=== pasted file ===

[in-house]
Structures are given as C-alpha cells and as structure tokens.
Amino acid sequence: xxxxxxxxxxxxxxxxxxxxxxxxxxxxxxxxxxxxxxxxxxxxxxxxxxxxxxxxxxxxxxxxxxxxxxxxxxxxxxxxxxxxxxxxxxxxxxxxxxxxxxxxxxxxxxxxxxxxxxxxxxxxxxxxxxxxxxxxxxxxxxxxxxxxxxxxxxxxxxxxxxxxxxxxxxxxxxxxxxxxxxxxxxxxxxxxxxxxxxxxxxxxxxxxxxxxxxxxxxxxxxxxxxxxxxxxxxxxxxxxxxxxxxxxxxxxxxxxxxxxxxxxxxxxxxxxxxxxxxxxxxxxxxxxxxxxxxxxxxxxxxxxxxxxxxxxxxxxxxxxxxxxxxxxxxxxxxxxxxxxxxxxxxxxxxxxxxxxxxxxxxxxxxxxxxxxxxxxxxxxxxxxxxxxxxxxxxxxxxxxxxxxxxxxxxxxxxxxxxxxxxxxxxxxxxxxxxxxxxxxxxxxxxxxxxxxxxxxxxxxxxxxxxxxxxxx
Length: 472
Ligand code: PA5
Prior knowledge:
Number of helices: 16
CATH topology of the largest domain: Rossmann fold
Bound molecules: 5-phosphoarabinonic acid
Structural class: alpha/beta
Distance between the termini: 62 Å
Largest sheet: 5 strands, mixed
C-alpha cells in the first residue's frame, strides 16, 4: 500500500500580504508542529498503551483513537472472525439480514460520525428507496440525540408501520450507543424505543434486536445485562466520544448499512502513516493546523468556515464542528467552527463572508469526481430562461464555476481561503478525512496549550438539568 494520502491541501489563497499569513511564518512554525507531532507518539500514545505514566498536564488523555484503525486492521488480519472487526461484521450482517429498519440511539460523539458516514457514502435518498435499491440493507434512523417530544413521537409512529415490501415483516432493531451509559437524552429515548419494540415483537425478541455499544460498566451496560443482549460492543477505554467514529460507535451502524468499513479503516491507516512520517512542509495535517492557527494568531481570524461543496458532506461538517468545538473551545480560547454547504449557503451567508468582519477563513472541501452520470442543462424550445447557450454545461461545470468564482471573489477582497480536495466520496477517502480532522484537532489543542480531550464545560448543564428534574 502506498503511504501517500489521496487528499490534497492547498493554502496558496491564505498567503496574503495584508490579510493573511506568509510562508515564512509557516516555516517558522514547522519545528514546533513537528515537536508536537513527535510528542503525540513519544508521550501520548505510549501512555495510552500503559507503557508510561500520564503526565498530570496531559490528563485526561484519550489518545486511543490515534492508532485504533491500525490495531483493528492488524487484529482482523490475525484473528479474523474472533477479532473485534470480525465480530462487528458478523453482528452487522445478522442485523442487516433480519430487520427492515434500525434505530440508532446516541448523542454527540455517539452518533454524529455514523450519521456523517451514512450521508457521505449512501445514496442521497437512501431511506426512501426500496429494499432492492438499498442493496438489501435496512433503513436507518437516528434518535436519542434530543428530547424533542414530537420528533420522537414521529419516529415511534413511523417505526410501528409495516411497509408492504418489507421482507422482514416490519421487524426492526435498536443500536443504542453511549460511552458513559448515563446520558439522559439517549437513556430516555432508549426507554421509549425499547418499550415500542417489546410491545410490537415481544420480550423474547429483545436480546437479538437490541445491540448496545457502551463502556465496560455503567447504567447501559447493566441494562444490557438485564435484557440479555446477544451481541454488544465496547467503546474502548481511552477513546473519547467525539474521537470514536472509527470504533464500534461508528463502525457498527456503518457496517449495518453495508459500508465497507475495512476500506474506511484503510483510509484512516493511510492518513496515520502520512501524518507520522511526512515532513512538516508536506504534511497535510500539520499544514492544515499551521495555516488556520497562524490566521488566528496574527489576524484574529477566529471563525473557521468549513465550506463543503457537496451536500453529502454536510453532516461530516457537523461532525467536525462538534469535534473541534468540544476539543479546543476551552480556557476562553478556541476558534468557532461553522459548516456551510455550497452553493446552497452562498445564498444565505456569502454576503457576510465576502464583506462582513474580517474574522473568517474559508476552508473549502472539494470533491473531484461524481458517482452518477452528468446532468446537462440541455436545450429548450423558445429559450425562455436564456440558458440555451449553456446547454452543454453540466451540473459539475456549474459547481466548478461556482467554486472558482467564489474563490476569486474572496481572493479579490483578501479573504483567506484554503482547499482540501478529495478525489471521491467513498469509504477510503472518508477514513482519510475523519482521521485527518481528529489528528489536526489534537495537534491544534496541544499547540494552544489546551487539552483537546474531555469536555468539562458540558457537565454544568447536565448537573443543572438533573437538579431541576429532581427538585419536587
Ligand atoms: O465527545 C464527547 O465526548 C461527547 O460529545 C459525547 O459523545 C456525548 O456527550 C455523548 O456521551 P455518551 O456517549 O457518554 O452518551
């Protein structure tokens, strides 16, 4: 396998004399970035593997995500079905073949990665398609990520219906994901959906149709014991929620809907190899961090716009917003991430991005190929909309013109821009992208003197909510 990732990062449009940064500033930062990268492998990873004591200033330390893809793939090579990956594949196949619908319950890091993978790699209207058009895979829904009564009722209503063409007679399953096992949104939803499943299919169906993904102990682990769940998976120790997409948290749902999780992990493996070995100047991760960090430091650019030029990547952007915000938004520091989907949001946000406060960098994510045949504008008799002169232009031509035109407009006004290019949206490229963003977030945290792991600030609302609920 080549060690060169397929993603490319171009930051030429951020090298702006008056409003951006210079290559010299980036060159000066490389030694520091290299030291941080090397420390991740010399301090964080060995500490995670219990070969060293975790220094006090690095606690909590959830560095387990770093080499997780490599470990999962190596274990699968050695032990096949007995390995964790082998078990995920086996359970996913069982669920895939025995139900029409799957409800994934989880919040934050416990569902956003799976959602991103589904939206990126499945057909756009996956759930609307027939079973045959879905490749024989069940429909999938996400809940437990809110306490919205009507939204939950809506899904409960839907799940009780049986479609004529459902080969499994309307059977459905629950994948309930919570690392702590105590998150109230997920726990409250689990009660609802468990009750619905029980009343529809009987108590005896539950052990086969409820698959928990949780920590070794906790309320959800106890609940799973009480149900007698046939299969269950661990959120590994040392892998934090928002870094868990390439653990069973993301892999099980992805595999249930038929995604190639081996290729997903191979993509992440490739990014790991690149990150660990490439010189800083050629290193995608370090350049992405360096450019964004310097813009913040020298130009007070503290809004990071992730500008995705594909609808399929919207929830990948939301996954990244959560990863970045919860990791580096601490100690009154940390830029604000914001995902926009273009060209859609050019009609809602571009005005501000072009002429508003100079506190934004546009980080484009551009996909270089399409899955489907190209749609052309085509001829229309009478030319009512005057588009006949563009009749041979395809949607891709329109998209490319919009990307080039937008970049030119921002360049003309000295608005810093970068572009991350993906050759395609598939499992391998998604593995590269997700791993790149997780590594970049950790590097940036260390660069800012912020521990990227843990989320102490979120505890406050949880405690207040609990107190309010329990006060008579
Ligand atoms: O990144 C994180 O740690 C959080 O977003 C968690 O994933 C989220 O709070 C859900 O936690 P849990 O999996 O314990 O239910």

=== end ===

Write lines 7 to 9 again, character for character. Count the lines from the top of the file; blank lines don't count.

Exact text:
Number of helices: 16
CATH topology of the largest domain: Rossmann fold
Bound molecules: 5-phosphoarabinonic acid